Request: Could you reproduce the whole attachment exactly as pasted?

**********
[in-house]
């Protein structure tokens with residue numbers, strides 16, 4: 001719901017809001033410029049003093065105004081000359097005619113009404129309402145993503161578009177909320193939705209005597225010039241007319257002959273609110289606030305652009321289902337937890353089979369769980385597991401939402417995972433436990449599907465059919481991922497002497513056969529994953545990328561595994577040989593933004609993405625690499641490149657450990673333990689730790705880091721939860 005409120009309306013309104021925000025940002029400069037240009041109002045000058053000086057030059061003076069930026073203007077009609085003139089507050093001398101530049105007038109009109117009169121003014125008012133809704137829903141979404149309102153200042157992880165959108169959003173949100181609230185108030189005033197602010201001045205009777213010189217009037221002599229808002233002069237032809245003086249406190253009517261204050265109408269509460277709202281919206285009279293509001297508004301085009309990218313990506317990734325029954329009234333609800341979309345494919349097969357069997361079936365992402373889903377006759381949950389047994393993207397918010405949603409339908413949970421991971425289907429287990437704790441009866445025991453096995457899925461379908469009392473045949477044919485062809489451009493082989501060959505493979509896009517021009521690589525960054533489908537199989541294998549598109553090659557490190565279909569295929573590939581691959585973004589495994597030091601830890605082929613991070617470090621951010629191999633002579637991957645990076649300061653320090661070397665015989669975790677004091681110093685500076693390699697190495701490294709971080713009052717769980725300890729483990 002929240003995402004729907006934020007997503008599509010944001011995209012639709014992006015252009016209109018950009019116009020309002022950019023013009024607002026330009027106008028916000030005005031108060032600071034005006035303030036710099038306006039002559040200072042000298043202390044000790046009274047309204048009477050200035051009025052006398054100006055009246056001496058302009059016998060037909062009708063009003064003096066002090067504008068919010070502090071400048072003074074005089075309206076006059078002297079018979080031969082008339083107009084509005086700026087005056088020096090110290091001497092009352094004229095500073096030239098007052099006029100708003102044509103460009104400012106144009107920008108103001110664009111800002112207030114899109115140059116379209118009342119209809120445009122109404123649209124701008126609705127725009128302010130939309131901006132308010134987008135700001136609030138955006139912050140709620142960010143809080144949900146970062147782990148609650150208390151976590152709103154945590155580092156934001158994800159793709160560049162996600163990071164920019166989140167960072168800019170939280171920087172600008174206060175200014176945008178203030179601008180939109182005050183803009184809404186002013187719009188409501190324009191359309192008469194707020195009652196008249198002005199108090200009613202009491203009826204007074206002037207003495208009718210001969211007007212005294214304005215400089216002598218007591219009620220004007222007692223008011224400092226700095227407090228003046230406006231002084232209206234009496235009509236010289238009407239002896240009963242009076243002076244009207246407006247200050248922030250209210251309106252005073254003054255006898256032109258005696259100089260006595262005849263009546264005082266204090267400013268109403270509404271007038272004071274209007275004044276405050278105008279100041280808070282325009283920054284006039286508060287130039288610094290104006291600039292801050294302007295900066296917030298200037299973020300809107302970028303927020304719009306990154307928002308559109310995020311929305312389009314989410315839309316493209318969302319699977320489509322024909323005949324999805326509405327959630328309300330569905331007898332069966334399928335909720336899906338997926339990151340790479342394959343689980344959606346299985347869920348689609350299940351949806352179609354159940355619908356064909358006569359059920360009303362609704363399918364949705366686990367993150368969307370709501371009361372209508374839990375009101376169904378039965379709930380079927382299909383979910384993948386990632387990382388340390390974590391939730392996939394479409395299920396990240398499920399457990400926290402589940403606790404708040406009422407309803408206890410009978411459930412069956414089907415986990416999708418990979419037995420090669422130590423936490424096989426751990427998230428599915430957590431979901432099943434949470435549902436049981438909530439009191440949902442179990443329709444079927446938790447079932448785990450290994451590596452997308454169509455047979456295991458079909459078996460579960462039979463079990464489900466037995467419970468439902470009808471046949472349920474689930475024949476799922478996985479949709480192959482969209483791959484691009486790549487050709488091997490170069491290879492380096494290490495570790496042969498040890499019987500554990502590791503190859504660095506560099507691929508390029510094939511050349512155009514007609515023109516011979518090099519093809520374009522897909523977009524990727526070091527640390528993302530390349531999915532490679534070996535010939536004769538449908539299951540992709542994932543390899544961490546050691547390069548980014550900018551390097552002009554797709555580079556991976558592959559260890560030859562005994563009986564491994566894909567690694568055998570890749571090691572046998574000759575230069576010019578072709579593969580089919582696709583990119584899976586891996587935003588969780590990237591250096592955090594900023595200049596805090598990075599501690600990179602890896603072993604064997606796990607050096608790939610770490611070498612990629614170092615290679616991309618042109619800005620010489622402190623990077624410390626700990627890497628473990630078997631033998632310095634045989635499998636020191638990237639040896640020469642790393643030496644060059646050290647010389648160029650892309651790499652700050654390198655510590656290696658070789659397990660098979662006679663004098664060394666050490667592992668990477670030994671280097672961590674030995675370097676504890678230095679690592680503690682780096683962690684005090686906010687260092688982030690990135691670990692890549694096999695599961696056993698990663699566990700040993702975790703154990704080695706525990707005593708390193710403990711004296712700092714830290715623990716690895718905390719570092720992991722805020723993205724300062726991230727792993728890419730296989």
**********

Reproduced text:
[in-house]
């Protein structure tokens with residue numbers, strides 16, 4: 001719901017809001033410029049003093065105004081000359097005619113009404129309402145993503161578009177909320193939705209005597225010039241007319257002959273609110289606030305652009321289902337937890353089979369769980385597991401939402417995972433436990449599907465059919481991922497002497513056969529994953545990328561595994577040989593933004609993405625690499641490149657450990673333990689730790705880091721939860 005409120009309306013309104021925000025940002029400069037240009041109002045000058053000086057030059061003076069930026073203007077009609085003139089507050093001398101530049105007038109009109117009169121003014125008012133809704137829903141979404149309102153200042157992880165959108169959003173949100181609230185108030189005033197602010201001045205009777213010189217009037221002599229808002233002069237032809245003086249406190253009517261204050265109408269509460277709202281919206285009279293509001297508004301085009309990218313990506317990734325029954329009234333609800341979309345494919349097969357069997361079936365992402373889903377006759381949950389047994393993207397918010405949603409339908413949970421991971425289907429287990437704790441009866445025991453096995457899925461379908469009392473045949477044919485062809489451009493082989501060959505493979509896009517021009521690589525960054533489908537199989541294998549598109553090659557490190565279909569295929573590939581691959585973004589495994597030091601830890605082929613991070617470090621951010629191999633002579637991957645990076649300061653320090661070397665015989669975790677004091681110093685500076693390699697190495701490294709971080713009052717769980725300890729483990 002929240003995402004729907006934020007997503008599509010944001011995209012639709014992006015252009016209109018950009019116009020309002022950019023013009024607002026330009027106008028916000030005005031108060032600071034005006035303030036710099038306006039002559040200072042000298043202390044000790046009274047309204048009477050200035051009025052006398054100006055009246056001496058302009059016998060037909062009708063009003064003096066002090067504008068919010070502090071400048072003074074005089075309206076006059078002297079018979080031969082008339083107009084509005086700026087005056088020096090110290091001497092009352094004229095500073096030239098007052099006029100708003102044509103460009104400012106144009107920008108103001110664009111800002112207030114899109115140059116379209118009342119209809120445009122109404123649209124701008126609705127725009128302010130939309131901006132308010134987008135700001136609030138955006139912050140709620142960010143809080144949900146970062147782990148609650150208390151976590152709103154945590155580092156934001158994800159793709160560049162996600163990071164920019166989140167960072168800019170939280171920087172600008174206060175200014176945008178203030179601008180939109182005050183803009184809404186002013187719009188409501190324009191359309192008469194707020195009652196008249198002005199108090200009613202009491203009826204007074206002037207003495208009718210001969211007007212005294214304005215400089216002598218007591219009620220004007222007692223008011224400092226700095227407090228003046230406006231002084232209206234009496235009509236010289238009407239002896240009963242009076243002076244009207246407006247200050248922030250209210251309106252005073254003054255006898256032109258005696259100089260006595262005849263009546264005082266204090267400013268109403270509404271007038272004071274209007275004044276405050278105008279100041280808070282325009283920054284006039286508060287130039288610094290104006291600039292801050294302007295900066296917030298200037299973020300809107302970028303927020304719009306990154307928002308559109310995020311929305312389009314989410315839309316493209318969302319699977320489509322024909323005949324999805326509405327959630328309300330569905331007898332069966334399928335909720336899906338997926339990151340790479342394959343689980344959606346299985347869920348689609350299940351949806352179609354159940355619908356064909358006569359059920360009303362609704363399918364949705366686990367993150368969307370709501371009361372209508374839990375009101376169904378039965379709930380079927382299909383979910384993948386990632387990382388340390390974590391939730392996939394479409395299920396990240398499920399457990400926290402589940403606790404708040406009422407309803408206890410009978411459930412069956414089907415986990416999708418990979419037995420090669422130590423936490424096989426751990427998230428599915430957590431979901432099943434949470435549902436049981438909530439009191440949902442179990443329709444079927446938790447079932448785990450290994451590596452997308454169509455047979456295991458079909459078996460579960462039979463079990464489900466037995467419970468439902470009808471046949472349920474689930475024949476799922478996985479949709480192959482969209483791959484691009486790549487050709488091997490170069491290879492380096494290490495570790496042969498040890499019987500554990502590791503190859504660095506560099507691929508390029510094939511050349512155009514007609515023109516011979518090099519093809520374009522897909523977009524990727526070091527640390528993302530390349531999915532490679534070996535010939536004769538449908539299951540992709542994932543390899544961490546050691547390069548980014550900018551390097552002009554797709555580079556991976558592959559260890560030859562005994563009986564491994566894909567690694568055998570890749571090691572046998574000759575230069576010019578072709579593969580089919582696709583990119584899976586891996587935003588969780590990237591250096592955090594900023595200049596805090598990075599501690600990179602890896603072993604064997606796990607050096608790939610770490611070498612990629614170092615290679616991309618042109619800005620010489622402190623990077624410390626700990627890497628473990630078997631033998632310095634045989635499998636020191638990237639040896640020469642790393643030496644060059646050290647010389648160029650892309651790499652700050654390198655510590656290696658070789659397990660098979662006679663004098664060394666050490667592992668990477670030994671280097672961590674030995675370097676504890678230095679690592680503690682780096683962690684005090686906010687260092688982030690990135691670990692890549694096999695599961696056993698990663699566990700040993702975790703154990704080695706525990707005593708390193710403990711004296712700092714830290715623990716690895718905390719570092720992991722805020723993205724300062726991230727792993728890419730296989």